In Indonesia, a large number of water supply and sanitation systems do not function properly. There are many reasons for this, such as poor construction quality, poor management, and a lack of community involvement during the planning and construction process. As a result, many communities have insufficient access to clean water. Being occupied fetching water, children have less time for school, and women are prevented from carrying out income generating and other activities. Poor hygiene and high risk of water born and communicable diseases.

Based on such experiences, the Indonesian Government changed its development paradigm for water supply and sanitation systems to a community based approach. Since 2003, community groups are recognised as the key actors of development. Indonesian and German governments agreed on a new water and sanitation project, called “ProAir”, in the East Nusa Tenggara (NTT) province.

Between 2003 and 2011, ProAir worked for and with 70 thousand beneficiaries in six districts in the NTT province: East Sumba, West Sumba, Northwest Sumba, South Central Timor, Alor and Ende. The aim of ProAir was to enable communities to manage and maintain water supply and sanitation systems sustainably. ProAir considered the community subject and object of the project, fostering their sense of ownership through an intensive process of assistance throughout the planning, implementation and post construction stages. ProAir water supply systems are managed, operated and maintained by the communities.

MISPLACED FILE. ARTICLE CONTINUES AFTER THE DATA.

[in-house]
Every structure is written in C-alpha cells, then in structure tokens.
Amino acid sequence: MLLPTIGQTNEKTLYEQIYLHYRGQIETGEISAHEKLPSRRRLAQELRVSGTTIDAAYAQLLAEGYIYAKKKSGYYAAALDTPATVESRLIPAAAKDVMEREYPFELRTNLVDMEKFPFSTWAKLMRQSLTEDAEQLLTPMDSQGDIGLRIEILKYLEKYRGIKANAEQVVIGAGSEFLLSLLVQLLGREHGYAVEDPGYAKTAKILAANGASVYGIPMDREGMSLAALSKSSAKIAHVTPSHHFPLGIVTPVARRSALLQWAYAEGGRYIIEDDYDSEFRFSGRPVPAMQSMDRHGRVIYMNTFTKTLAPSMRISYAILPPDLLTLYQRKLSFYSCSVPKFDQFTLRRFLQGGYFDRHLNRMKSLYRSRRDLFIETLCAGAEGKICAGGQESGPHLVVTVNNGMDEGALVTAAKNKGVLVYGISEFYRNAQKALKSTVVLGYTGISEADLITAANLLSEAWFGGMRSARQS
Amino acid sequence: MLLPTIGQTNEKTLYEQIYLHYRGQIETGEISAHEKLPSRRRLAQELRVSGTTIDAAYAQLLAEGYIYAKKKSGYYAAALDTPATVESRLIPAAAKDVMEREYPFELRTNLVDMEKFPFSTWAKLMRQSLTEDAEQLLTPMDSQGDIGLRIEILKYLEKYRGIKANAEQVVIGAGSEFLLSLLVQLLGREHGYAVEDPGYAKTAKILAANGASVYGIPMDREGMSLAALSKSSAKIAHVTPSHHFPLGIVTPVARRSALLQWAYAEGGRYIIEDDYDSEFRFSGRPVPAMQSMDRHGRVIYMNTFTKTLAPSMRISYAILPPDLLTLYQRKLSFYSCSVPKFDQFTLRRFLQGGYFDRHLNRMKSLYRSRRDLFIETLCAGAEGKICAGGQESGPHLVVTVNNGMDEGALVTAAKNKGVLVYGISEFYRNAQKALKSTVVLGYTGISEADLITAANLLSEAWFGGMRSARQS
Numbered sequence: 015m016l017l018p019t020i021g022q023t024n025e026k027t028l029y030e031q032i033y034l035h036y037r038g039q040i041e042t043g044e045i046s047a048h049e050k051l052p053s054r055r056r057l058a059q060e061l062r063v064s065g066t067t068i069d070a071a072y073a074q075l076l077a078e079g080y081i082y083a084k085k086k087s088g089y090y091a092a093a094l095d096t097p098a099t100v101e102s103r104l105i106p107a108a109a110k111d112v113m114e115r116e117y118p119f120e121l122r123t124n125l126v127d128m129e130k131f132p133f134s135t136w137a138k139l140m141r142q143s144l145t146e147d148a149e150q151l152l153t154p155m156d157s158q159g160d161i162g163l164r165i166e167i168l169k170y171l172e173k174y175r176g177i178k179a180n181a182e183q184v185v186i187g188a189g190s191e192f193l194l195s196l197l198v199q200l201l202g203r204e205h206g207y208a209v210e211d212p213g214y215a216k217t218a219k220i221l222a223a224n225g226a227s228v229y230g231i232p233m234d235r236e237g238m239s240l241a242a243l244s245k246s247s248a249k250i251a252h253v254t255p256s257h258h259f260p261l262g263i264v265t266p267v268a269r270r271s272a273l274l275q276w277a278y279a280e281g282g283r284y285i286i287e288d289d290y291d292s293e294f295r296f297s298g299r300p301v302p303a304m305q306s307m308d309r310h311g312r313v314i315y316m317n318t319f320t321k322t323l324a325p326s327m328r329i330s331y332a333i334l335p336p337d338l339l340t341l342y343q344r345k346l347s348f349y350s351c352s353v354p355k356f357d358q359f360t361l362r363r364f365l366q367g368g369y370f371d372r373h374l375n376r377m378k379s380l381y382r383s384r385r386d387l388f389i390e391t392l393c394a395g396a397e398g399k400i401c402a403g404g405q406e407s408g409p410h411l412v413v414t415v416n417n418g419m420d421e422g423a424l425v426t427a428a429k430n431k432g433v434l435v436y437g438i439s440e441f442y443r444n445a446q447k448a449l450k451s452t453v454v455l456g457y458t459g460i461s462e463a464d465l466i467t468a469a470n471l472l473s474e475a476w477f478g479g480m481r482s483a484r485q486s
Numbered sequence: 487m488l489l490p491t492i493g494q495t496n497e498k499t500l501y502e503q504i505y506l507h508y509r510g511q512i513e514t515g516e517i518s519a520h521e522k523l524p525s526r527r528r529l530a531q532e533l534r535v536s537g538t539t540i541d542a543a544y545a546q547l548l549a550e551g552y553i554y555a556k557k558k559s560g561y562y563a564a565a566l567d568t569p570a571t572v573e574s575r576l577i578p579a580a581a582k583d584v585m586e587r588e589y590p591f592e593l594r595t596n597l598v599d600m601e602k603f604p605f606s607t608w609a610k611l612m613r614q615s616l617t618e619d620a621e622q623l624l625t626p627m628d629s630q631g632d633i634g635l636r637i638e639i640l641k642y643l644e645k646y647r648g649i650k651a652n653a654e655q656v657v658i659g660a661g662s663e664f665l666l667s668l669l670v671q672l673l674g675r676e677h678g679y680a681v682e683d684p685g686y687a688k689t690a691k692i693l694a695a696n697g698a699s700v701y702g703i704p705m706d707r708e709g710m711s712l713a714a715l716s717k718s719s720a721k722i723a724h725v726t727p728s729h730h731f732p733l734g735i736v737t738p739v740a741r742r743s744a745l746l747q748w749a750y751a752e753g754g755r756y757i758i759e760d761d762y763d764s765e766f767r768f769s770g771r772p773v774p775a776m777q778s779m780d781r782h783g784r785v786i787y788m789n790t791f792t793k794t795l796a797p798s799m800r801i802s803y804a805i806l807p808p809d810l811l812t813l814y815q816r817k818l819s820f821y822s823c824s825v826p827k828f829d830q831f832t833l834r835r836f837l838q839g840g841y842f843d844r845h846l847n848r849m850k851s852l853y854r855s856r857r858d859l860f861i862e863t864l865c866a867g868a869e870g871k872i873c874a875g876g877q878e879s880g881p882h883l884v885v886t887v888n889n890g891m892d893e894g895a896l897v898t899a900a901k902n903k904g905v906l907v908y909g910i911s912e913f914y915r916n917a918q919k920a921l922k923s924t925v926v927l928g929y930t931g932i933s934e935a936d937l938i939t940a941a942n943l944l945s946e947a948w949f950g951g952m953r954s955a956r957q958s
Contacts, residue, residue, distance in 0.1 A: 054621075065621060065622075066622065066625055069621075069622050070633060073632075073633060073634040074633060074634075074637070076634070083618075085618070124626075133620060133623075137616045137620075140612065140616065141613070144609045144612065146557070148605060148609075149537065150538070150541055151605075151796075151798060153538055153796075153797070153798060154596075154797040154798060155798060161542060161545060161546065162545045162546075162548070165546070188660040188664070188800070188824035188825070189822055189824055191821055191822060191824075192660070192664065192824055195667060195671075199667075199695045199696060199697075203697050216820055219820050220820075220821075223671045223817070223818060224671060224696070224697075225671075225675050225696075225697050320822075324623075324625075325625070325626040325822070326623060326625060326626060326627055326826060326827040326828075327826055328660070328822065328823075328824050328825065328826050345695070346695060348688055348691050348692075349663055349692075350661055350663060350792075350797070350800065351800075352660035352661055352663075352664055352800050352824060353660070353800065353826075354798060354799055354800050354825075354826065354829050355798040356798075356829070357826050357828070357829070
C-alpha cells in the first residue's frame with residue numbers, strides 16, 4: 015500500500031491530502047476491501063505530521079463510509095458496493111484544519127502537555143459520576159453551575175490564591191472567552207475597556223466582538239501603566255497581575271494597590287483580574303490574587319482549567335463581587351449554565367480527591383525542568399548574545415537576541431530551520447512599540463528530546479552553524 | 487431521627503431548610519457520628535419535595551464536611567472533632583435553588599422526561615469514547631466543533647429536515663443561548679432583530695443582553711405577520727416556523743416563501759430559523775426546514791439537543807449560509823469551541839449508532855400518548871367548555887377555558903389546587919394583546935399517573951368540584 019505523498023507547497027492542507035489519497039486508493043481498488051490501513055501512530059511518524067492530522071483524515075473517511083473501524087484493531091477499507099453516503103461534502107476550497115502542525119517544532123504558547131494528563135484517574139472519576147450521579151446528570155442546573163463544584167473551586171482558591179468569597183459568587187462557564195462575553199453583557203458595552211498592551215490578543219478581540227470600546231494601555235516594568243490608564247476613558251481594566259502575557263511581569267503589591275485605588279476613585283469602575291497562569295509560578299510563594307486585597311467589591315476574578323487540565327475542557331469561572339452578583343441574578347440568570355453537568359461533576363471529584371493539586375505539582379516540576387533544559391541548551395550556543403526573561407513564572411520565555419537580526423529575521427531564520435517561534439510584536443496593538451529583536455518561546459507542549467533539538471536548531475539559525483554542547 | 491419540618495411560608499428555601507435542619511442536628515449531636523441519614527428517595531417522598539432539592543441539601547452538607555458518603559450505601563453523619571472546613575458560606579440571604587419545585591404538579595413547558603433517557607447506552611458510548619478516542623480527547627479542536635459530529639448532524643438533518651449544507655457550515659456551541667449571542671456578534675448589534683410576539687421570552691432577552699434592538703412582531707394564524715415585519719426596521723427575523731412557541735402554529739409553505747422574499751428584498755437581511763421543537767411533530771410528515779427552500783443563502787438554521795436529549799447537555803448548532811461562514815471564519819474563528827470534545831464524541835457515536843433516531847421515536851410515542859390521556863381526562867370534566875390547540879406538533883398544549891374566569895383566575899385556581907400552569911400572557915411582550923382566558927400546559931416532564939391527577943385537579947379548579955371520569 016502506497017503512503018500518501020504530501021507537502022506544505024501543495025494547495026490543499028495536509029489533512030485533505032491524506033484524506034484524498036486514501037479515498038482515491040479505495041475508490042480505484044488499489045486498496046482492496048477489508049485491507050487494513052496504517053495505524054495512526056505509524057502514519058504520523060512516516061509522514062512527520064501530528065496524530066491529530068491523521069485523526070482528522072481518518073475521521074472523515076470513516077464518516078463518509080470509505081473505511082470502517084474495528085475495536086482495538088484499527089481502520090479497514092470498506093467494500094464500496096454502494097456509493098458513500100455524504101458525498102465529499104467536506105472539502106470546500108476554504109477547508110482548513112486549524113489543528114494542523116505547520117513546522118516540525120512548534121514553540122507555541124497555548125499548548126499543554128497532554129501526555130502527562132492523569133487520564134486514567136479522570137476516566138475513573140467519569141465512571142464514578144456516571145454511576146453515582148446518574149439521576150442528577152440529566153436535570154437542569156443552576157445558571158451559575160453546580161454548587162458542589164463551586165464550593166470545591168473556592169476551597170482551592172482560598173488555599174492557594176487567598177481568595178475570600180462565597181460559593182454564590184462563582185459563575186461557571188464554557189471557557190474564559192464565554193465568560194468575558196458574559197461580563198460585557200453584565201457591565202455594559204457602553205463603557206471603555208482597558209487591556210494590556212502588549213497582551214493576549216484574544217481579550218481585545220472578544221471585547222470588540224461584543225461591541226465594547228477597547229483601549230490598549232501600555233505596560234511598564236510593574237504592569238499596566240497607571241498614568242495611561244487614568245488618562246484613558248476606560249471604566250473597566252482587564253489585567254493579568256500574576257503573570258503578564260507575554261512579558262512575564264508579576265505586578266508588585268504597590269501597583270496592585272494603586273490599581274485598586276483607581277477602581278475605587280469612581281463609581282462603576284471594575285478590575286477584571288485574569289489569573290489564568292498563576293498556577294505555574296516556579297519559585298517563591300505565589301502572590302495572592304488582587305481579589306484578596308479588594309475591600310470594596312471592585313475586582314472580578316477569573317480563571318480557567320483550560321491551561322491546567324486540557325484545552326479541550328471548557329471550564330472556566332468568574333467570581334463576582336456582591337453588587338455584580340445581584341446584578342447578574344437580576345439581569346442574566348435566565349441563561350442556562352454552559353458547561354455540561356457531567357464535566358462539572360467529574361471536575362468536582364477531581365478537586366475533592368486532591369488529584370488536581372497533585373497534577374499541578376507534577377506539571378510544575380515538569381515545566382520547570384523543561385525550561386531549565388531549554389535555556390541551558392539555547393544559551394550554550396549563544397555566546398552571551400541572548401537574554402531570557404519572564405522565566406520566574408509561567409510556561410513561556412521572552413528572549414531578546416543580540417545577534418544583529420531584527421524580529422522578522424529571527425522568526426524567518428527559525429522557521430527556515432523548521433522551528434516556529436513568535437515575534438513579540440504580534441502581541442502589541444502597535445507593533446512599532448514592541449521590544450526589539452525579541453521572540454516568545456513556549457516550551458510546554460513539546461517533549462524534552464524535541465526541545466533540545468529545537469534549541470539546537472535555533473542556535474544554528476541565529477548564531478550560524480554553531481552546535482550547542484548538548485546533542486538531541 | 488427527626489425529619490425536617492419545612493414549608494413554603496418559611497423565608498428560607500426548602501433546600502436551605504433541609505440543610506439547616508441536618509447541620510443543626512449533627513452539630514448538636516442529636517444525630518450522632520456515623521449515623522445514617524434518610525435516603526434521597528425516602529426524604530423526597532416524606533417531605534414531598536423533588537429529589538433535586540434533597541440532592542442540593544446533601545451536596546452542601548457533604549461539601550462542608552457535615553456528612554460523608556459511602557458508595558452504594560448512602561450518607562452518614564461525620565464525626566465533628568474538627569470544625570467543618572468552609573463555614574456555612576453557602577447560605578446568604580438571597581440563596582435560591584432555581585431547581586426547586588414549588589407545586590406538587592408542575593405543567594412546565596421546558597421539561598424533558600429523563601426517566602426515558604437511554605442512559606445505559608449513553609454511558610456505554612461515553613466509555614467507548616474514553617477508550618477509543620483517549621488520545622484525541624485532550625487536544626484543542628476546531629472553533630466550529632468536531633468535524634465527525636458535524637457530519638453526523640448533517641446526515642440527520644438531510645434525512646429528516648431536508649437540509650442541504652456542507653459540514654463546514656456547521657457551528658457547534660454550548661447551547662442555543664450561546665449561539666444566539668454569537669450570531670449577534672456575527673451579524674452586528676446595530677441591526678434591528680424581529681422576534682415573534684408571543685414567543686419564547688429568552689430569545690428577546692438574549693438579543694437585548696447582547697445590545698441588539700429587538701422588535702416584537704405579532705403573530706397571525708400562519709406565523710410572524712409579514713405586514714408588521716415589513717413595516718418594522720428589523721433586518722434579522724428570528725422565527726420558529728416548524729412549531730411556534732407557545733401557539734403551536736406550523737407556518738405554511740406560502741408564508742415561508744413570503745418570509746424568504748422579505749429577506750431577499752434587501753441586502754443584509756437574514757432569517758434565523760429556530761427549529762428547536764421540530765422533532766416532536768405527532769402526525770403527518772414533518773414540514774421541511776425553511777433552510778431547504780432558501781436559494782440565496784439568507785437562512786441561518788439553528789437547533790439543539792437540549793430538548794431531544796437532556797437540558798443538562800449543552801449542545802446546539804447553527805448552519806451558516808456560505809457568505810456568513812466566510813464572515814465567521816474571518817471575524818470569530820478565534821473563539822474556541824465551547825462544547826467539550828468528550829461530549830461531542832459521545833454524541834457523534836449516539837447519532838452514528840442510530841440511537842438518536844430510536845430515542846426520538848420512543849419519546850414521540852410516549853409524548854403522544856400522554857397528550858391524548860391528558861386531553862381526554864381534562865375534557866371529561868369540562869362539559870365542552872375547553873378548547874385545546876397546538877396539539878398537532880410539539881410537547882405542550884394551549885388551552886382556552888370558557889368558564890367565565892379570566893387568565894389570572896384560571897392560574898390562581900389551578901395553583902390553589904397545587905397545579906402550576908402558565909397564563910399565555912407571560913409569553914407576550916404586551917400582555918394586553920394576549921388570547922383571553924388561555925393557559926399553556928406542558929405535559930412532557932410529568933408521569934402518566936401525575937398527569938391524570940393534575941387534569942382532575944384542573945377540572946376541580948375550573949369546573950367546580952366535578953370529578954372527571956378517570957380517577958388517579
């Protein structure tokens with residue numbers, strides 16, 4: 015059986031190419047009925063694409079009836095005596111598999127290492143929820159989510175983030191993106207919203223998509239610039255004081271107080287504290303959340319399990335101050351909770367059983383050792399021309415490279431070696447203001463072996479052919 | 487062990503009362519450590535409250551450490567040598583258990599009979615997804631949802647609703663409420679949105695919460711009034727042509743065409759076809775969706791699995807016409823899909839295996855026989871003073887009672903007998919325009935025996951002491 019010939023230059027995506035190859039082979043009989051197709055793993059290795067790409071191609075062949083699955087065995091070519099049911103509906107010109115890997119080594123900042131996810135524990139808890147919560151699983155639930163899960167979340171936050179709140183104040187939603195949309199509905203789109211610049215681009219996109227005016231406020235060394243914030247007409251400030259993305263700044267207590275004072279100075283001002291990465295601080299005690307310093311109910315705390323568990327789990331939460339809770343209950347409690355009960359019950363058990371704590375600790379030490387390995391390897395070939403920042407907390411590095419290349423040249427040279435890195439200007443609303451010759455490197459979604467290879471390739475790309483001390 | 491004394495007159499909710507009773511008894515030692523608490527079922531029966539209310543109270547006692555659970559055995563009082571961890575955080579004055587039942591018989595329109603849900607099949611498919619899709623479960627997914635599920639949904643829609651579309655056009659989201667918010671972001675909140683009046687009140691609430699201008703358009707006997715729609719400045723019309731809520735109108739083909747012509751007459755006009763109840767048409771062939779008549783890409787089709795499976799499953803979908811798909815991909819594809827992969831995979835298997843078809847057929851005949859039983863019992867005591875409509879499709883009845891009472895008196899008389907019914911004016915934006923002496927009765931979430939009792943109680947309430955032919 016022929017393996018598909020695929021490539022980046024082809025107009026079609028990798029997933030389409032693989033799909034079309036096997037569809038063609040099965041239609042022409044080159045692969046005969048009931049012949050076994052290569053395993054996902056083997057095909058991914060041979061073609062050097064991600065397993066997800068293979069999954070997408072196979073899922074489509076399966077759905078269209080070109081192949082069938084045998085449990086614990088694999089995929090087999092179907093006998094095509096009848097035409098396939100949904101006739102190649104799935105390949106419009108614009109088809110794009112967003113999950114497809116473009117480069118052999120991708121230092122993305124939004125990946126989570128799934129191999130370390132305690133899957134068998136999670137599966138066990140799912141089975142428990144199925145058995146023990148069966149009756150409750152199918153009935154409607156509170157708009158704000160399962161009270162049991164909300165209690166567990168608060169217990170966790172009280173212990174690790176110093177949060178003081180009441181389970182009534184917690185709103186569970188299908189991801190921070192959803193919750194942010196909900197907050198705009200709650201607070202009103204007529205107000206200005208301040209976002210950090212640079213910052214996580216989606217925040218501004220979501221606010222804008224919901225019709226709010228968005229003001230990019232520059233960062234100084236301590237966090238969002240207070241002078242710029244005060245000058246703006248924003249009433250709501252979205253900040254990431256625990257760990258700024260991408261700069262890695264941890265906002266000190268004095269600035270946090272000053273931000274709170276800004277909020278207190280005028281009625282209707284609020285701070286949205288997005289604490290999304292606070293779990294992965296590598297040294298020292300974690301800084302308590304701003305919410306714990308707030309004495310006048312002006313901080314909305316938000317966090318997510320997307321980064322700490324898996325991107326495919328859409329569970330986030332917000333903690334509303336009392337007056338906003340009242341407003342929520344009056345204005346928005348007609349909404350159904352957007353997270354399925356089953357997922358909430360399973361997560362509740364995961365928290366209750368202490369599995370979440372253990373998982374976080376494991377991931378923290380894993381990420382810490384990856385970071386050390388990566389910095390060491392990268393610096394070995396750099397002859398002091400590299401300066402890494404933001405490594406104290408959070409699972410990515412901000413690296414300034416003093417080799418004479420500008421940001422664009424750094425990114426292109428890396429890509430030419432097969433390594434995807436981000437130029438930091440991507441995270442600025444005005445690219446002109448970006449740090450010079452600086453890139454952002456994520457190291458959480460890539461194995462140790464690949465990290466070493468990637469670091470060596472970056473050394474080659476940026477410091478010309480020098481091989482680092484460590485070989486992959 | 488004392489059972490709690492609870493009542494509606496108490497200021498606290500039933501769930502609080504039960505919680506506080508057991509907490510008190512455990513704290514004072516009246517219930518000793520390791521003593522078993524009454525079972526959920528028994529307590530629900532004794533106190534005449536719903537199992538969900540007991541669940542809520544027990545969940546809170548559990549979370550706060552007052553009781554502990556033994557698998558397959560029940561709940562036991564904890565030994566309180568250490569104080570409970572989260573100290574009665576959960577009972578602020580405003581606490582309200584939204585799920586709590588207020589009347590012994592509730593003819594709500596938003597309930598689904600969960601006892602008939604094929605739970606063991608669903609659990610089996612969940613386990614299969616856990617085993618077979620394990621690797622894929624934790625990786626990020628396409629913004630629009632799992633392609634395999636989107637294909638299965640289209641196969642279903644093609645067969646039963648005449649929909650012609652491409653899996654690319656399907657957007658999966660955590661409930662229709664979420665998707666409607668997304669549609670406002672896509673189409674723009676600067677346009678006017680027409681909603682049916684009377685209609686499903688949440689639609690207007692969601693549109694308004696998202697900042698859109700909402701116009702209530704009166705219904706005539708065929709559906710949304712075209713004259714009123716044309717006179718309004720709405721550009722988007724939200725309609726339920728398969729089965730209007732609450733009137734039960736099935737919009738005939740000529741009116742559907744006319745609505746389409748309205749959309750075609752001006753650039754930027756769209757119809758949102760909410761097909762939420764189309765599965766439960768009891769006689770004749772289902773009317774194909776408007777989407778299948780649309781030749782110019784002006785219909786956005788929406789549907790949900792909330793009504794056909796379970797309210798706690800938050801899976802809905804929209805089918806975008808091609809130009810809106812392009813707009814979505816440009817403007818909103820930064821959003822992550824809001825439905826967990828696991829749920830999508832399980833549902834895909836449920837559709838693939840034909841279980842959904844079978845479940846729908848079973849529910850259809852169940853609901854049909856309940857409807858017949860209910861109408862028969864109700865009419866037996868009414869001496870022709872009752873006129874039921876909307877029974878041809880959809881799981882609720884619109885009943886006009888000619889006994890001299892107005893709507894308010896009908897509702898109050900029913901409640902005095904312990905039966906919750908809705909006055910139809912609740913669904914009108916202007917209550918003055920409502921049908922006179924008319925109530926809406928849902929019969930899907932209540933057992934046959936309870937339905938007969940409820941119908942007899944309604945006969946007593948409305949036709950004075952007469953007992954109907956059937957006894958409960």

Basil Rolandsen of Bouvet Foundation supplied documentary photography of implementation in Sumba, design, lay-out and pre-press for the project handbook (printed and PDF), as well as a web site. These photos, part of a series to be used in their manuals, were taken in February 2011, as the project was to be handed over to the local communities.

“ProAir is a bilateral program between the government of Indonesia and the Federal Republic of Germany. This project implements community based water supply and sanitation in the East Nusa Tenggara province, Indonesia. ProAir started its work in September 2002.”

From the foreword of the ProAir handbook, describing their implementation of the Indonesian policy, “Community Based Drinking Water and Environmental Sanitation”. Download PDF in English or Indonesian.


ProAir’s overall goal:

“Communities are able to manage and maintain the water supply facility in a sustainable way.”